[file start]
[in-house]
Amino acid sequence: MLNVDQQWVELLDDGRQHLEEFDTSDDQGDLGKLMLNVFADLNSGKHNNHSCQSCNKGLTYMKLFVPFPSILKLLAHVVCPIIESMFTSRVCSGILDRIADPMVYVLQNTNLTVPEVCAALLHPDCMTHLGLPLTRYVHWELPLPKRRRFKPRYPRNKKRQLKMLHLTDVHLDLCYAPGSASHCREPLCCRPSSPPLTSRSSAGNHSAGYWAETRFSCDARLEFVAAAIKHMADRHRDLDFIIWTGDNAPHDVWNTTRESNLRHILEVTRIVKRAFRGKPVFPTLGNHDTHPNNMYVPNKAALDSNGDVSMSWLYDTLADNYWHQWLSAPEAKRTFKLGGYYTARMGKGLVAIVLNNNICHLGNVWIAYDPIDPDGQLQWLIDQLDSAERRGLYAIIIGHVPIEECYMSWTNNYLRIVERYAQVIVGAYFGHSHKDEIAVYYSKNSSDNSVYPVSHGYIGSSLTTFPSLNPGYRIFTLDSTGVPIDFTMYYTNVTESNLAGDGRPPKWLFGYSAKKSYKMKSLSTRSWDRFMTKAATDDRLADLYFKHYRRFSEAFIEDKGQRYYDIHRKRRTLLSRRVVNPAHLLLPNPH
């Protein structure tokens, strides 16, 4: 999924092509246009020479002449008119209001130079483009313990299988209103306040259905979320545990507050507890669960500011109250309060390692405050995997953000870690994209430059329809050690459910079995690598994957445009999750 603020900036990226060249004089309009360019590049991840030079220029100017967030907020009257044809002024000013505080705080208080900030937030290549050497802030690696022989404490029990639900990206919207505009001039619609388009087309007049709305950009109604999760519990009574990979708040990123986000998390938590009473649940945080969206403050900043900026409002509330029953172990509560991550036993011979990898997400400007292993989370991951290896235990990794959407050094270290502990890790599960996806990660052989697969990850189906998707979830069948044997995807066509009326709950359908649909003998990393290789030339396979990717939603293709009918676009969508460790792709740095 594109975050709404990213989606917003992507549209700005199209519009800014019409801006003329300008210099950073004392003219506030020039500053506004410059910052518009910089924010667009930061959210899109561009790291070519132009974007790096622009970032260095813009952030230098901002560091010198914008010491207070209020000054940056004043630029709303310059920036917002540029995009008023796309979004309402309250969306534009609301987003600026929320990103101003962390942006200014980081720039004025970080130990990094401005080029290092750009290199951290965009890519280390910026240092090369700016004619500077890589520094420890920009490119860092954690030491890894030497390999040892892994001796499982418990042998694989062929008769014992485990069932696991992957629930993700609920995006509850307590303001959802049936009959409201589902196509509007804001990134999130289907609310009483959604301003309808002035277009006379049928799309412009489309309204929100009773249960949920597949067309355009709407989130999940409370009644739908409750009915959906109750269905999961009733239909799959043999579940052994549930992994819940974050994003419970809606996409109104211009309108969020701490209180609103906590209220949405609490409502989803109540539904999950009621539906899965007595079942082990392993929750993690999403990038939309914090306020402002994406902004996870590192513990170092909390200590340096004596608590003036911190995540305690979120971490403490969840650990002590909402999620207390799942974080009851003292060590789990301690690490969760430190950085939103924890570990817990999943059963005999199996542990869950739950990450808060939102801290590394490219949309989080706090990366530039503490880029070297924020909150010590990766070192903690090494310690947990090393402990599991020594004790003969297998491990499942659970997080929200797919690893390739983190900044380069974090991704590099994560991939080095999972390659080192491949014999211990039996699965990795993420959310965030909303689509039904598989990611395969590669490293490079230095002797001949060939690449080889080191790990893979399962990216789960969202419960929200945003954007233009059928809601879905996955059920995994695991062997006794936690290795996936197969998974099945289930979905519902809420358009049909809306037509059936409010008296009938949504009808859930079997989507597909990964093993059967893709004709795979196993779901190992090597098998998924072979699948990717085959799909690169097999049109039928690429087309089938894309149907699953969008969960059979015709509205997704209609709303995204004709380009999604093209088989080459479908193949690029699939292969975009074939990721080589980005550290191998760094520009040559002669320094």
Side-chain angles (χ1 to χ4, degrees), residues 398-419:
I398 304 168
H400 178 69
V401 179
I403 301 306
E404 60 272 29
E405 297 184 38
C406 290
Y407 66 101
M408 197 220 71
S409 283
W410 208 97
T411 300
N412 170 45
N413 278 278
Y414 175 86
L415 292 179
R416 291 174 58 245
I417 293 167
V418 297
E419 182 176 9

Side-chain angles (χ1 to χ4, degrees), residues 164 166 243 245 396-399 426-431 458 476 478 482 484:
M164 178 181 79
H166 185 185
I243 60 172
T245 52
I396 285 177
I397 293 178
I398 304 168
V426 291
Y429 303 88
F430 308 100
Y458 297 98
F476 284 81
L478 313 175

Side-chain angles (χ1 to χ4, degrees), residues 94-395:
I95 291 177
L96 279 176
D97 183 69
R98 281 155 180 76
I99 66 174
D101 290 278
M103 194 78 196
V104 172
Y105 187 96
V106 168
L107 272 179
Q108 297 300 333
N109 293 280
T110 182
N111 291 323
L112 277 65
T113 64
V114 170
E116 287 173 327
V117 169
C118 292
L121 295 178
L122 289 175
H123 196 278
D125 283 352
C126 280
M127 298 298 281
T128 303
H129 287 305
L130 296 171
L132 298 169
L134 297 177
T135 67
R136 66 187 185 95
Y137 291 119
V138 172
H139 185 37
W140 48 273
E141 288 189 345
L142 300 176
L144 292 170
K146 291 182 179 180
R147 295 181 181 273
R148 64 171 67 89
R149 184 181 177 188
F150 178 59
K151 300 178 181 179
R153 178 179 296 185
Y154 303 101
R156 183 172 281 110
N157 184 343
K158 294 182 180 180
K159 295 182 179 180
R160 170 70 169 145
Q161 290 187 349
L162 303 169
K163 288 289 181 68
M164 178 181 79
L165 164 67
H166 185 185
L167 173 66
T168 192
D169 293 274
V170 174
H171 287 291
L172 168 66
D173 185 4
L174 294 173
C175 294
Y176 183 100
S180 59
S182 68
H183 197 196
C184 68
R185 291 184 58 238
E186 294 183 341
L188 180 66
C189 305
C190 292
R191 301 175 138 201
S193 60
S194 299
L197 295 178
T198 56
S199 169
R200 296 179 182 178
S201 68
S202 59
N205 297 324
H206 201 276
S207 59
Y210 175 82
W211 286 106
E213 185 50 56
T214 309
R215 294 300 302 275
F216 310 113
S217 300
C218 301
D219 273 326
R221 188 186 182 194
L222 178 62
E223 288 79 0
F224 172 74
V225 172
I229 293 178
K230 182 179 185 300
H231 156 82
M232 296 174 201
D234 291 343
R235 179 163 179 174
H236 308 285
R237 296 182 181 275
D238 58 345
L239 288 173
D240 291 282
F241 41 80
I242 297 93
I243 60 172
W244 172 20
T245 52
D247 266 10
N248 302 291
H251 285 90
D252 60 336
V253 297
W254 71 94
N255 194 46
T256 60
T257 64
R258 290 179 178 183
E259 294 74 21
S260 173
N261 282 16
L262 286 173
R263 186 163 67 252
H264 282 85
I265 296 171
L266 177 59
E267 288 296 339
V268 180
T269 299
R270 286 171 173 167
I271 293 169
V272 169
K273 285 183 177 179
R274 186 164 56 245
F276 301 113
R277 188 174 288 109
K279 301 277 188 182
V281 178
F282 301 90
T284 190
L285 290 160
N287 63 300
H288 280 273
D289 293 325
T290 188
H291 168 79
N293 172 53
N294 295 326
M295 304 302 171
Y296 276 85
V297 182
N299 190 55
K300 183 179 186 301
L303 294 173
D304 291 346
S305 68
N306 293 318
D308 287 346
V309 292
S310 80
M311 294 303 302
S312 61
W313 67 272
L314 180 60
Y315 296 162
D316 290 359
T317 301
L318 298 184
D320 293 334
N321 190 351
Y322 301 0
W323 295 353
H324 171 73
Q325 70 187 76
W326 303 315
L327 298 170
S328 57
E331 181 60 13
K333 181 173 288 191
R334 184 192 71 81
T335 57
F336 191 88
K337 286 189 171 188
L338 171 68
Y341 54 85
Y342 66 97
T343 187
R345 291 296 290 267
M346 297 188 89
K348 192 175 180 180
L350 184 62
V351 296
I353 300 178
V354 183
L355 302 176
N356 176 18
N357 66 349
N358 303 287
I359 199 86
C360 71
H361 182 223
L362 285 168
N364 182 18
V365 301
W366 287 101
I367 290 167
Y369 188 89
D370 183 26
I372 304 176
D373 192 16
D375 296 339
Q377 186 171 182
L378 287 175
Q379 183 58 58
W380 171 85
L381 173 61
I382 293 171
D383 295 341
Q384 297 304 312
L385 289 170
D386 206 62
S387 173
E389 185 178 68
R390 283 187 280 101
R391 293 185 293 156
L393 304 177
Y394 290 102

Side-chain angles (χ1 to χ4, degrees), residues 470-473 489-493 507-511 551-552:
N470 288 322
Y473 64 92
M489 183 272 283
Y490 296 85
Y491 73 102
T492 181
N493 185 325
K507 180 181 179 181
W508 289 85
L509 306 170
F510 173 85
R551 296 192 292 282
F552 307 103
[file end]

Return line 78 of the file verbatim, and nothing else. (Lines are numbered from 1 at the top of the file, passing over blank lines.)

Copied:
E141 288 189 345